More people are literate than ever before, buying books hand over fist, while circulations of magazines and newspapers are up too. People join book clubs in droves, Richard and Judy and Oprah promote new books on TV, and new technology is apparently about to Kindle a new love affair with e-books. So do we really need a National Year of Reading sponsored by the government and a host of other organisations?
At the same time as we celebrate books and reading, however, we wonder if we are reading the right things, with celebrity chefs and Harry Potter topping the bestseller lists. Are we making enough time for Cervantes, Milton and Joyce? Is it elitist to distinguish between good and bad literature, or have we simply lost the confidence to tell the difference? Meanwhile, some observers worry that while women can’t get enough, young men have little interest in reading, and debates still rage about the right age to get children started. What is at stake in debates about reading today?
|Dr Shirley Dent
head of communications, PhonepayPlus; co-author, Radical Blake
writer, critic and broadcaster; children's book reviewer, The Sunday Times; author, The Plimsoll Sensation
project director, National Year of Reading
|Professor Philip Hensher
professor of creative writing, Exeter University; columnist, Independent; novelist; author, The Northern Clemency
|Professor Swapan Chakravorty
professor of English; joint director, School of Cultural Texts and Records, Jadavpur University; author, Moveable Type: Book History in India II and Bangalir ingreji sahityacharcha (and many other publications in Bengali and English); contributing editor, The Collected Works of Thomas Middleton.
convenor, The Academy; author, Being Cultured: in defence of discrimination
Oliver is not alone among the famous in making rather a point of not only not reading books, but of never having read a book. Noel Gallagher boasted in a magazine interview that he was reading his first ever book at the age of 38 – it was a Dan Brown, but we all have to start somewhere.Philip Hensher, Independent, 27 October 2008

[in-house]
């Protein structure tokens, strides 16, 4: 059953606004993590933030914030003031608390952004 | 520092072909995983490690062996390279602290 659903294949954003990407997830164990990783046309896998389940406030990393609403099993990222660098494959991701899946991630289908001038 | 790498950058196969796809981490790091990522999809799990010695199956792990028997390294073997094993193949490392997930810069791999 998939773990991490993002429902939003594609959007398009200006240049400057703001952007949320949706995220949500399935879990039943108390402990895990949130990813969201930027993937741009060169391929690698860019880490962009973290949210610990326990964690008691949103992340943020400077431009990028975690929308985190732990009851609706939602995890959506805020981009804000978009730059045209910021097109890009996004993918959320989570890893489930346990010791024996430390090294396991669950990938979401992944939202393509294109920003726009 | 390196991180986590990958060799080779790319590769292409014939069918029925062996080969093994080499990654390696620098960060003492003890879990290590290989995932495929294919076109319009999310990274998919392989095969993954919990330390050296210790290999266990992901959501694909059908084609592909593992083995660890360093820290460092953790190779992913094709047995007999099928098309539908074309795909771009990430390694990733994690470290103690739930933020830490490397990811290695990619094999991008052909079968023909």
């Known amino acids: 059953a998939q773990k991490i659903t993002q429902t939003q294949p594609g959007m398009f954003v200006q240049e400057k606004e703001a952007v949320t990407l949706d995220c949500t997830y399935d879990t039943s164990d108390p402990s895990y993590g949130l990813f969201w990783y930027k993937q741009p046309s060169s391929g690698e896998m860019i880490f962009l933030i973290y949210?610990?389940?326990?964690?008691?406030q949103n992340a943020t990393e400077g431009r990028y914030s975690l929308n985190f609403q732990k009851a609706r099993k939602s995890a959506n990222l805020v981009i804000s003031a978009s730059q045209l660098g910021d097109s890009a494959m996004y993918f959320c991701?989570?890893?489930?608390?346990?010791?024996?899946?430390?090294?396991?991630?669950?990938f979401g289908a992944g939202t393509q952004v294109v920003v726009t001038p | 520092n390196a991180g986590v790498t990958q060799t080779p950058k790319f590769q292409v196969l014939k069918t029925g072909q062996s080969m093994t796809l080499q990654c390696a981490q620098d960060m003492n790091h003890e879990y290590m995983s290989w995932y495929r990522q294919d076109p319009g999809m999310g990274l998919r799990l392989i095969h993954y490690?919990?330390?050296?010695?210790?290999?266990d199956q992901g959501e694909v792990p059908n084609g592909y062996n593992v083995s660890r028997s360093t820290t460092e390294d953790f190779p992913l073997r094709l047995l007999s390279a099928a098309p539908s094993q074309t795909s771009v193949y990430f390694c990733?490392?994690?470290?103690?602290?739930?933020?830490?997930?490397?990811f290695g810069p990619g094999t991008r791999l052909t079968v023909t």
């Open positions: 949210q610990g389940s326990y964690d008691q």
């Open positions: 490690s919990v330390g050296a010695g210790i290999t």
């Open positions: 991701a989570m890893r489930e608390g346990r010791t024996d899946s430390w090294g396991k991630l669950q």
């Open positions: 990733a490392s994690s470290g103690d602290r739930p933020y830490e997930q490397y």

The internet is changing the way the human brain works...a new study concludes, the brains of those tested were markedly more active when carrying out internet searches than when reading books.Brendan Montague and Helen Brooks, The Sunday Times, 26 October 2008
Confirming that reading for entertainment in a majority of the population is historically rare, Griswold believes that "the new century may resemble earlier eras when a fundamental social divide involved whether people read".Tara Brabazon, Times Higher Education, 11 September 2008
In these inspiring essays about why we read, Proust explores all the pleasures and trials that we take from books, as well as explaining the beauty of Ruskin and his work, and the joys of losing yourself in literature as a child.
Marcel Proust, Penguin Books Ltd, 7 August 2008
Has the Internet has created a new kind of reading or is leading to a decline in standards?Motoko Rich, The New York Times, 26 July 2008
An influential panel of experts set up to advise on government policy for the under-5s is demanding radical changes to literacy targets for preschool children, which they describe as “overly ambitious for most children”.Alexandra Frean, The Times, 22 May 2008
It’s well established that Americans are reading fewer books than they used to. A recent report by the National Endowment for the Arts found that 53 percent of Americans surveyed hadn’t read a book in the previous year — a state of affairs that has prompted much soul-searching by anyone with an affection for (or business interest in) turning pages.Rachel Donadio, New York Times, 27 April 2008
It's the National Year of Reading. Just as well, as one in four adults say they haven't read a book in at least a year. With so many other ways to get information these days, do we still need books?Denise Winterman, BBC News, 10 January 2008